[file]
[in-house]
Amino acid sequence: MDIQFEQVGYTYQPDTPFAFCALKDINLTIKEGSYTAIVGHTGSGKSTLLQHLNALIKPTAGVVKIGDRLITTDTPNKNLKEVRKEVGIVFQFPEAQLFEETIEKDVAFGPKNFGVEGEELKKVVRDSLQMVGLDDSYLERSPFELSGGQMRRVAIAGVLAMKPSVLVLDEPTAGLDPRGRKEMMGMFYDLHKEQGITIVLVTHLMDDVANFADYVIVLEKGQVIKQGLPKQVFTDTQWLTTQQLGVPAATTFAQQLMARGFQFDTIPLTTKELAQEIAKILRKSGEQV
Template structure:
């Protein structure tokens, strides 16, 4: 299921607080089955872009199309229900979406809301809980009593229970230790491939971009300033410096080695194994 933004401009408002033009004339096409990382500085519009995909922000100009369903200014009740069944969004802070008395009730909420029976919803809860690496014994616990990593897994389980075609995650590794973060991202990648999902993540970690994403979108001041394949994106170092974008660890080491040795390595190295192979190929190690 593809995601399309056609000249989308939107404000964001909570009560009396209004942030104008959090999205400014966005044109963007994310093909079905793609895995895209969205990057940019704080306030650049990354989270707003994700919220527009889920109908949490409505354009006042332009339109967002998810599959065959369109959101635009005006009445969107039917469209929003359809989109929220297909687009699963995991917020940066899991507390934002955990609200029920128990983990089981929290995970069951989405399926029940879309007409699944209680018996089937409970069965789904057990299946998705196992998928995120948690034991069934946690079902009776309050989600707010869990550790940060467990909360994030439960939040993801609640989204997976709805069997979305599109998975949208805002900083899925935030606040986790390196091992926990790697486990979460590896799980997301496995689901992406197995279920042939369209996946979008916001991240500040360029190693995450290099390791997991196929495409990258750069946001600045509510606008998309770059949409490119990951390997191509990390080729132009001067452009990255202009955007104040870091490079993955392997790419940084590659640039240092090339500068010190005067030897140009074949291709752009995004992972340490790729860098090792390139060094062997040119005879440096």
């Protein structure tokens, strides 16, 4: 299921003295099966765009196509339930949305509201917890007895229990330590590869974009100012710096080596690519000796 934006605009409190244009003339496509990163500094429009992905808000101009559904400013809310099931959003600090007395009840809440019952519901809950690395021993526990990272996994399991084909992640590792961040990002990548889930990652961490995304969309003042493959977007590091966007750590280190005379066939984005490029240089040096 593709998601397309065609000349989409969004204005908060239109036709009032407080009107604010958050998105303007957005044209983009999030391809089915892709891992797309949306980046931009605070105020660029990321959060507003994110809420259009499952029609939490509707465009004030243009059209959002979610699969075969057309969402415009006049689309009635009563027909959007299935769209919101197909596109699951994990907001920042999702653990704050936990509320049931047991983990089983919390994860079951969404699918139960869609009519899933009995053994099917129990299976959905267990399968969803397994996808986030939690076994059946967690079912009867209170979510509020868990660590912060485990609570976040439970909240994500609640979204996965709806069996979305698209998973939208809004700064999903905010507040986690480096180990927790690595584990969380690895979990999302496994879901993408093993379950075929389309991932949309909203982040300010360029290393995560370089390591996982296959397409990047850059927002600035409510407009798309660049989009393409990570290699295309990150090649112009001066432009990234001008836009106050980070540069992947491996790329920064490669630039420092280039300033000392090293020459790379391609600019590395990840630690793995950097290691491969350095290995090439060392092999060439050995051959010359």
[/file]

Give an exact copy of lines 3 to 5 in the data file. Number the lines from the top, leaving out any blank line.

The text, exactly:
Template structure:
């Protein structure tokens, strides 16, 4: 299921607080089955872009199309229900979406809301809980009593229970230790491939971009300033410096080695194994 933004401009408002033009004339096409990382500085519009995909922000100009369903200014009740069944969004802070008395009730909420029976919803809860690496014994616990990593897994389980075609995650590794973060991202990648999902993540970690994403979108001041394949994106170092974008660890080491040795390595190295192979190929190690 593809995601399309056609000249989308939107404000964001909570009560009396209004942030104008959090999205400014966005044109963007994310093909079905793609895995895209969205990057940019704080306030650049990354989270707003994700919220527009889920109908949490409505354009006042332009339109967002998810599959065959369109959101635009005006009445969107039917469209929003359809989109929220297909687009699963995991917020940066899991507390934002955990609200029920128990983990089981929290995970069951989405399926029940879309007409699944209680018996089937409970069965789904057990299946998705196992998928995120948690034991069934946690079902009776309050989600707010869990550790940060467990909360994030439960939040993801609640989204997976709805069997979305599109998975949208805002900083899925935030606040986790390196091992926990790697486990979460590896799980997301496995689901992406197995279920042939369209996946979008916001991240500040360029190693995450290099390791997991196929495409990258750069946001600045509510606008998309770059949409490119990951390997191509990390080729132009001067452009990255202009955007104040870091490079993955392997790419940084590659640039240092090339500068010190005067030897140009074949291709752009995004992972340490790729860098090792390139060094062997040119005879440096």
């Protein structure tokens, strides 16, 4: 299921003295099966765009196509339930949305509201917890007895229990330590590869974009100012710096080596690519000796 934006605009409190244009003339496509990163500094429009992905808000101009559904400013809310099931959003600090007395009840809440019952519901809950690395021993526990990272996994399991084909992640590792961040990002990548889930990652961490995304969309003042493959977007590091966007750590280190005379066939984005490029240089040096 593709998601397309065609000349989409969004204005908060239109036709009032407080009107604010958050998105303007957005044209983009999030391809089915892709891992797309949306980046931009605070105020660029990321959060507003994110809420259009499952029609939490509707465009004030243009059209959002979610699969075969057309969402415009006049689309009635009563027909959007299935769209919101197909596109699951994990907001920042999702653990704050936990509320049931047991983990089983919390994860079951969404699918139960869609009519899933009995053994099917129990299976959905267990399968969803397994996808986030939690076994059946967690079912009867209170979510509020868990660590912060485990609570976040439970909240994500609640979204996965709806069996979305698209998973939208809004700064999903905010507040986690480096180990927790690595584990969380690895979990999302496994879901993408093993379950075929389309991932949309909203982040300010360029290393995560370089390591996982296959397409990047850059927002600035409510407009798309660049989009393409990570290699295309990150090649112009001066432009990234001008836009106050980070540069992947491996790329920064490669630039420092280039300033000392090293020459790379391609600019590395990840630690793995950097290691491969350095290995090439060392092999060439050995051959010359």